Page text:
No-fault is an auto insurance system that is designed to lower the cost of car insurance by removing the ability to sue. When an auto accident happens, each person involved in the car accident is compensated by their own auto insurance company for small injuries, regardless of who was at fault. Neither driver is allowed to sue the other unless their injuries are serious and meet a certain threshold. Different versions of no-fault insurance exist based on states and thresholds.
In no-fault states, each driver on the road must carry a Personal Injury Protection (PIP) insurance policy. Insurance coverage provided by a PIP will vary by state, but most should cover medical fees, lost wages, funeral costs and other out-of-pocket expenses. The major difference between no-fault states is the dollar limits on the various coverage's.
No-fault insurance refers to injuries and medical bills. If your vehicle was damaged in an accident and you were not at fault, the cost to repair your vehicle would apply to the at-fault drivers insurance policy.
Let’s say you were in a minor car accident with another driver, we will call him David. David ran a stop sign and ran into your car. You suffered injuries that totaled $10,000 in medical bills. Under a no-fault system, you would submit an insurance claim to your auto insurance company who would pay it even though the accident was completely David's fault.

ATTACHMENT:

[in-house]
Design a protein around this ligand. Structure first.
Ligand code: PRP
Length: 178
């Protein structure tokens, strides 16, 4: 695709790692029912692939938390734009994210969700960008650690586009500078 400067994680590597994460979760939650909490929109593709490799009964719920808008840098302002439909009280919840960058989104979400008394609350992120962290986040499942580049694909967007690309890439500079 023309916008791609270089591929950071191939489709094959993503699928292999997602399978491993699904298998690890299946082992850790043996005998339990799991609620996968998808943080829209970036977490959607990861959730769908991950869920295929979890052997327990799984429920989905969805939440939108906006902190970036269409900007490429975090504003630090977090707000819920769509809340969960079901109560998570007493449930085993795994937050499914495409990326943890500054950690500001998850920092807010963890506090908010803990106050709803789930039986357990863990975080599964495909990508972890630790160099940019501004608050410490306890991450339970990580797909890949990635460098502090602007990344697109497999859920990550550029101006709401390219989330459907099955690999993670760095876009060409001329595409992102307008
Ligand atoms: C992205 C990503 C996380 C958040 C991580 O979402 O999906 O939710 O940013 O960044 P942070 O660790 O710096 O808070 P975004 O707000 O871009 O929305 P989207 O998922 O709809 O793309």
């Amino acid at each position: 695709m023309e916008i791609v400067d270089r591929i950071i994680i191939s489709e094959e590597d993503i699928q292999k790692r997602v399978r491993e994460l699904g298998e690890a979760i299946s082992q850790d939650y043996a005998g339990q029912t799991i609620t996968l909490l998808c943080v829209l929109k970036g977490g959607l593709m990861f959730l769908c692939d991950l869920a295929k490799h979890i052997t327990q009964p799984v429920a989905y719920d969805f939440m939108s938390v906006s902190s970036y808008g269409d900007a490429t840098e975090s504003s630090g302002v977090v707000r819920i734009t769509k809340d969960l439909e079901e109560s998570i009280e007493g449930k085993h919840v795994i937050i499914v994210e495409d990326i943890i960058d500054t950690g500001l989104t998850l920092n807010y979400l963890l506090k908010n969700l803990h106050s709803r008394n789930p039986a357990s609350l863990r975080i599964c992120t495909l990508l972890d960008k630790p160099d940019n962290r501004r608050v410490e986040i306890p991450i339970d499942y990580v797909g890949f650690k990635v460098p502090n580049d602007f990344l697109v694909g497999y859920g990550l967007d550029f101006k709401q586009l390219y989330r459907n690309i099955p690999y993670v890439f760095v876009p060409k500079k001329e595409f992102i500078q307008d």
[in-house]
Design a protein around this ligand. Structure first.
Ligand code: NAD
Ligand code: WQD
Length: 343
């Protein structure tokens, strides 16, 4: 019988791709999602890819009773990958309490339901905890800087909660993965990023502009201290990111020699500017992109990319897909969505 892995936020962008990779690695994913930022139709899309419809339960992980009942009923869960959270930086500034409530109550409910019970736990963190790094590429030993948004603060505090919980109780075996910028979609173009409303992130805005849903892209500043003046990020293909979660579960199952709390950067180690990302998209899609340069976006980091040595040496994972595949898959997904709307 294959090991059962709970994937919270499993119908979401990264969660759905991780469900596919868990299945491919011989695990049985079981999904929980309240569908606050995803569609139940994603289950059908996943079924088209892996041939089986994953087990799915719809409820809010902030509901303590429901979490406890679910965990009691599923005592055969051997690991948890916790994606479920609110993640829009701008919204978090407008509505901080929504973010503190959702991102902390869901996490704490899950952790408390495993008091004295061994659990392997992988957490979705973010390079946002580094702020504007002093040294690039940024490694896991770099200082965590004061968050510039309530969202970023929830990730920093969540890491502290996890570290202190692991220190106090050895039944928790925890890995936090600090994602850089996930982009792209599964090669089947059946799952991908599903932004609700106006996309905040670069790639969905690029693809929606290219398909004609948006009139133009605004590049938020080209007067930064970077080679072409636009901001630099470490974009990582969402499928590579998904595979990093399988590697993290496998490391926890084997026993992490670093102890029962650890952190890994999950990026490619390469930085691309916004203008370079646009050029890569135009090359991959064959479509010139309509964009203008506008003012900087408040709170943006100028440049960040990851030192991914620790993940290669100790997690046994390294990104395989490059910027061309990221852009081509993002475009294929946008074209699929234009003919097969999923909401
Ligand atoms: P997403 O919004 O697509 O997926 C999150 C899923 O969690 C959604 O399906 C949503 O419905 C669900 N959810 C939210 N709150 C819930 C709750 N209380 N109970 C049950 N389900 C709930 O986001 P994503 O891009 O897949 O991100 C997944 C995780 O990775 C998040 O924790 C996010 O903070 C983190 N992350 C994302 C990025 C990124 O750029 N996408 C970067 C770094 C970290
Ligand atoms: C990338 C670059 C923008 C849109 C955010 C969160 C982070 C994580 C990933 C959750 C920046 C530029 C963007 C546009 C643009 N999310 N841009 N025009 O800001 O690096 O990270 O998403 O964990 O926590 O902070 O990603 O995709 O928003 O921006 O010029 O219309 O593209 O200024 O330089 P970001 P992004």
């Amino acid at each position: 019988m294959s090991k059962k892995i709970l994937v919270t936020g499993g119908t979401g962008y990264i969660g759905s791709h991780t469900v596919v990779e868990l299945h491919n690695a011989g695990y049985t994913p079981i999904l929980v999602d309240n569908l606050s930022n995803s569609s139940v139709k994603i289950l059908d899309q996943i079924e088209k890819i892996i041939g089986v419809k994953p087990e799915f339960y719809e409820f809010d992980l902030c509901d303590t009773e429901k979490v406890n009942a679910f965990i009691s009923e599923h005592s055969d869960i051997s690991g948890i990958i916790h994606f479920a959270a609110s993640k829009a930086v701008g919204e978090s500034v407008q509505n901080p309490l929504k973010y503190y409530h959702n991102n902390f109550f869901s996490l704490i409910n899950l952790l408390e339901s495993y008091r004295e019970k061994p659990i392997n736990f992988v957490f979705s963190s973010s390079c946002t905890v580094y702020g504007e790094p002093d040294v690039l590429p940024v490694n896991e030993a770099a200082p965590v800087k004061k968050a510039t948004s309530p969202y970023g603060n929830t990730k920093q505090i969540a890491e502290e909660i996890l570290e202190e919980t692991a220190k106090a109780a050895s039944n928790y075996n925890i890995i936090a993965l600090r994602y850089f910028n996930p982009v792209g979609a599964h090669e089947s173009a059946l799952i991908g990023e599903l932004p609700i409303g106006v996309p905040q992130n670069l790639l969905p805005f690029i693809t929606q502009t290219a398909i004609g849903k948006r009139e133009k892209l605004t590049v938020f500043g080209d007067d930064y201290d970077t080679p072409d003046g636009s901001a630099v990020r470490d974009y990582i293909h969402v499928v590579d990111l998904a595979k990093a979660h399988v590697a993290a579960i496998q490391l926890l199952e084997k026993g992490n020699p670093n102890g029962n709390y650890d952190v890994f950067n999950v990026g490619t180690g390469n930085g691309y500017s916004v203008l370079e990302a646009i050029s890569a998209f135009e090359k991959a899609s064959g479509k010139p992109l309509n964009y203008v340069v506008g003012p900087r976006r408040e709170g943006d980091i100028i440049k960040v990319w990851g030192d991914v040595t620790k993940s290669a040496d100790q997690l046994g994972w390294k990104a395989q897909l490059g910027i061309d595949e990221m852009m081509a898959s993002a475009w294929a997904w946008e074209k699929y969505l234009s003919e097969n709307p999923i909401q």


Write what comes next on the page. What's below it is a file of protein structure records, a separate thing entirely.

List of no-fault states
There are currently 12 states with no-fault auto insurance laws in effect. These states are:
- New Jersey
- New York
- North Dakota
In Idaho, you are not required to carry no-fault insurance. Idaho is a Tort state meaning that the driver at fault must pay a victim's medical expenses. Further, the victim can also pursue compensation for additional lost wages as well as pain and suffering.
Washington is not a no-fault insurance state. Washington State is a comparative fault state, meaning the fault of all parties involved in a car accident comes into play when determining compensation for damages.